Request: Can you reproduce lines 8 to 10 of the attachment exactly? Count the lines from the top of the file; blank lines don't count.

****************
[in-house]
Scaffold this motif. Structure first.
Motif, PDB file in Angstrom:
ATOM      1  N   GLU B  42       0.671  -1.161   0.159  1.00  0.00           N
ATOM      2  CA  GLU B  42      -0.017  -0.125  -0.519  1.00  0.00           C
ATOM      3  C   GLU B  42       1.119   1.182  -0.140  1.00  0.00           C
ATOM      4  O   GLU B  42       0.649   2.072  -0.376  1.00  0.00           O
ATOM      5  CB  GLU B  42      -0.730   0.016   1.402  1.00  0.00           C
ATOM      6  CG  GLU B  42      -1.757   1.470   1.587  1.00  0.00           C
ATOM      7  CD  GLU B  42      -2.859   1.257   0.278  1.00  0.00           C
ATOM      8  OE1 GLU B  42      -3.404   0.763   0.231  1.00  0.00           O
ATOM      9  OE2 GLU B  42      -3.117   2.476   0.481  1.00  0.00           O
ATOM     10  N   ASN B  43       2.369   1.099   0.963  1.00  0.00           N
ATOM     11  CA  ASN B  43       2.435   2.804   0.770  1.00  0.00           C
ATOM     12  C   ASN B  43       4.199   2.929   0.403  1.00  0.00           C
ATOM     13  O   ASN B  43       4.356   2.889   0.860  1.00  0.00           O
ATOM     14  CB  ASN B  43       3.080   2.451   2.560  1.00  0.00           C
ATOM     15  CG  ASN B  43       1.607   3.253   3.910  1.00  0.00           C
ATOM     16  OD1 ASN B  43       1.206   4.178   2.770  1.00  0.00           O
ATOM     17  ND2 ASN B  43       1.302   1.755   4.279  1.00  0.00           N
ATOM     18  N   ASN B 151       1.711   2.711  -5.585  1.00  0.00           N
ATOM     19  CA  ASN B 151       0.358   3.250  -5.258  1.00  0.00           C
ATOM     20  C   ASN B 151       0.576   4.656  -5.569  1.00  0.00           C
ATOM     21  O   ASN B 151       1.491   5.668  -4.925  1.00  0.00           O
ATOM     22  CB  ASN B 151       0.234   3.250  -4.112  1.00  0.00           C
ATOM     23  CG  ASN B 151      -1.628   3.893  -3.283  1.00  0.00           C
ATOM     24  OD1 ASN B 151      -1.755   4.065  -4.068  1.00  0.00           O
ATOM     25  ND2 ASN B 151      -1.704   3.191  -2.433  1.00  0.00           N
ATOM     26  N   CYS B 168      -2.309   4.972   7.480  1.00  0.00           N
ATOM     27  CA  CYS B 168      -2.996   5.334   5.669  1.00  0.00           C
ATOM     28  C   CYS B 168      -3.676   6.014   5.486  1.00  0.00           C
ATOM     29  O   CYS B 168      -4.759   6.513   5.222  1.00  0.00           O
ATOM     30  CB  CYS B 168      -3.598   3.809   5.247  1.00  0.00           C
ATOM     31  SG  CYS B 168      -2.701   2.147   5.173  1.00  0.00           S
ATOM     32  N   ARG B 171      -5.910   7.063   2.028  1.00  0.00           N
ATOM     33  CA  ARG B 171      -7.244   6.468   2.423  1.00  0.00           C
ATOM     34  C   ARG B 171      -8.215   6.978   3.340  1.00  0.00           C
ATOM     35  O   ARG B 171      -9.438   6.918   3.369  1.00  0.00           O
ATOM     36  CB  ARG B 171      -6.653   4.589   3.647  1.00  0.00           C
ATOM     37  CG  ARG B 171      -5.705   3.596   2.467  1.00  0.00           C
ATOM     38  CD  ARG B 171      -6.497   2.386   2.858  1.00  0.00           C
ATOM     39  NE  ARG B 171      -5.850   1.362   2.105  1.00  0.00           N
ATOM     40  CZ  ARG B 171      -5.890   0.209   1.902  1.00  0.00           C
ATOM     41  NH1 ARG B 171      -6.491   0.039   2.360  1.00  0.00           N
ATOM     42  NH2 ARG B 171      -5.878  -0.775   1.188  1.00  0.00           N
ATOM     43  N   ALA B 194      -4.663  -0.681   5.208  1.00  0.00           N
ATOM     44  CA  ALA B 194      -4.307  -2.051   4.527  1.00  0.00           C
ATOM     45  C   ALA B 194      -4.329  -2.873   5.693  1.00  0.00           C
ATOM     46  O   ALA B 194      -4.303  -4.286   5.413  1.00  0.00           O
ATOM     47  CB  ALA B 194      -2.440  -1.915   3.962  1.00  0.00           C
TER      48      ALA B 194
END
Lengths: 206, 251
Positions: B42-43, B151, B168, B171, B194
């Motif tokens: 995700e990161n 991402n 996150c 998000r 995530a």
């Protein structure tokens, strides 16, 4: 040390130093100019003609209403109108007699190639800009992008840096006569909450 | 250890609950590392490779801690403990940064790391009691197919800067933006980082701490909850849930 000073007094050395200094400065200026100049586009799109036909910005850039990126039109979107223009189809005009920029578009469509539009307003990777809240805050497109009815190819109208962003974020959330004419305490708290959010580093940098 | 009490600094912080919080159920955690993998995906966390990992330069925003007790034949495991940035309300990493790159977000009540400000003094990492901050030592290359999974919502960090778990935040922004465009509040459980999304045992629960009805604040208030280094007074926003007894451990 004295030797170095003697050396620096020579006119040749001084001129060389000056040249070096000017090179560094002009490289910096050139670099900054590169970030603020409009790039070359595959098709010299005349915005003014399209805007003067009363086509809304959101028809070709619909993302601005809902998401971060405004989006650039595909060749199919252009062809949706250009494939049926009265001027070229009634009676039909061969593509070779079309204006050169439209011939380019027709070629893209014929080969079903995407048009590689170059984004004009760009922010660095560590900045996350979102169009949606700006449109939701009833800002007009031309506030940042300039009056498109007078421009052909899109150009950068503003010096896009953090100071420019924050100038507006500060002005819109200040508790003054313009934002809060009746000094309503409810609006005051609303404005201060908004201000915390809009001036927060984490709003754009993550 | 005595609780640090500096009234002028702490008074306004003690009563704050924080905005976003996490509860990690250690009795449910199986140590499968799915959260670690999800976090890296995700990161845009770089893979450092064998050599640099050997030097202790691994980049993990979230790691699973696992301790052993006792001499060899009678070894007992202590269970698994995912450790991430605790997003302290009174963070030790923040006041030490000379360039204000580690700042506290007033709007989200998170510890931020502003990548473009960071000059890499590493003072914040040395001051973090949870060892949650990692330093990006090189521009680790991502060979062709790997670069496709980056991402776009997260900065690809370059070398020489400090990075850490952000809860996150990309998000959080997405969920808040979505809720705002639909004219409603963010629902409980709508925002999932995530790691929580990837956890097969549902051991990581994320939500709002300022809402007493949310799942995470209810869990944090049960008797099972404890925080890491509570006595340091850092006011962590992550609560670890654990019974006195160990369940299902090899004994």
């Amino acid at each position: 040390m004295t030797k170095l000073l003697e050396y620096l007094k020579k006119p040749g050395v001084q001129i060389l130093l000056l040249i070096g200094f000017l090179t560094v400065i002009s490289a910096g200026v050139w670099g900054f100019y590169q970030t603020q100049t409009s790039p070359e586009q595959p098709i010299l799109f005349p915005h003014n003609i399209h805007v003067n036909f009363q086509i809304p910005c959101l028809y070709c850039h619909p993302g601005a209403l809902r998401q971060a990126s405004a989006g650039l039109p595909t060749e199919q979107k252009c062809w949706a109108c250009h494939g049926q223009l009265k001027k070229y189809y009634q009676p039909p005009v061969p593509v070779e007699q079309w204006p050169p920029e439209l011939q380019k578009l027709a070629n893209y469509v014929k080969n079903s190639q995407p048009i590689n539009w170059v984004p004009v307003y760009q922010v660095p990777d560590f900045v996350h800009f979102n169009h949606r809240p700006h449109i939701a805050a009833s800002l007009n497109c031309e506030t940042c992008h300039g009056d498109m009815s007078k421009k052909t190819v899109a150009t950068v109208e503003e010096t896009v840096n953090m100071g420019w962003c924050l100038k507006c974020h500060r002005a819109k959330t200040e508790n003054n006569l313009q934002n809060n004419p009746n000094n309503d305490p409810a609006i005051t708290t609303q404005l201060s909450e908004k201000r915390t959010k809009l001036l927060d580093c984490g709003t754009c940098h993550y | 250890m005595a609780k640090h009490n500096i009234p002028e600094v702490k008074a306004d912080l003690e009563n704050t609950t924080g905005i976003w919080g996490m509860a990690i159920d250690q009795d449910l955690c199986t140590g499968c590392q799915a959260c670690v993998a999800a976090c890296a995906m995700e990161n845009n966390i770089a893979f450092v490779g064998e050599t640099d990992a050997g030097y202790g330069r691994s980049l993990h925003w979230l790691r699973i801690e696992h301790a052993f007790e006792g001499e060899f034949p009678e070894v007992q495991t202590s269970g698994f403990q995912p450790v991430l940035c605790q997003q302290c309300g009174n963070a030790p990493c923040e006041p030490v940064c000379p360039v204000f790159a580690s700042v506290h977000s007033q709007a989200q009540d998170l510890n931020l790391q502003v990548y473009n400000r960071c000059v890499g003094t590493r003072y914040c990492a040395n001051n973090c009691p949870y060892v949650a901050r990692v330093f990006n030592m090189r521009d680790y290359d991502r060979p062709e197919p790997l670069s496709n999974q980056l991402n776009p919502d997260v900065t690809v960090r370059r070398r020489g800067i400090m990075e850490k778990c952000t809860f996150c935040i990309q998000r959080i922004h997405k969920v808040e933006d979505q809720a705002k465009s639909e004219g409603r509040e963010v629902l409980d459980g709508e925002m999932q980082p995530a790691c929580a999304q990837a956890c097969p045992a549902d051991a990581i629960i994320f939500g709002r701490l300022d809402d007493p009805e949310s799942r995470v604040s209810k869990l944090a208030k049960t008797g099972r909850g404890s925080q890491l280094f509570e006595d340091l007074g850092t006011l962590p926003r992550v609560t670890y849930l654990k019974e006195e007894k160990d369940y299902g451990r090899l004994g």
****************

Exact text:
ATOM      5  CB  GLU B  42      -0.730   0.016   1.402  1.00  0.00           C
ATOM      6  CG  GLU B  42      -1.757   1.470   1.587  1.00  0.00           C
ATOM      7  CD  GLU B  42      -2.859   1.257   0.278  1.00  0.00           C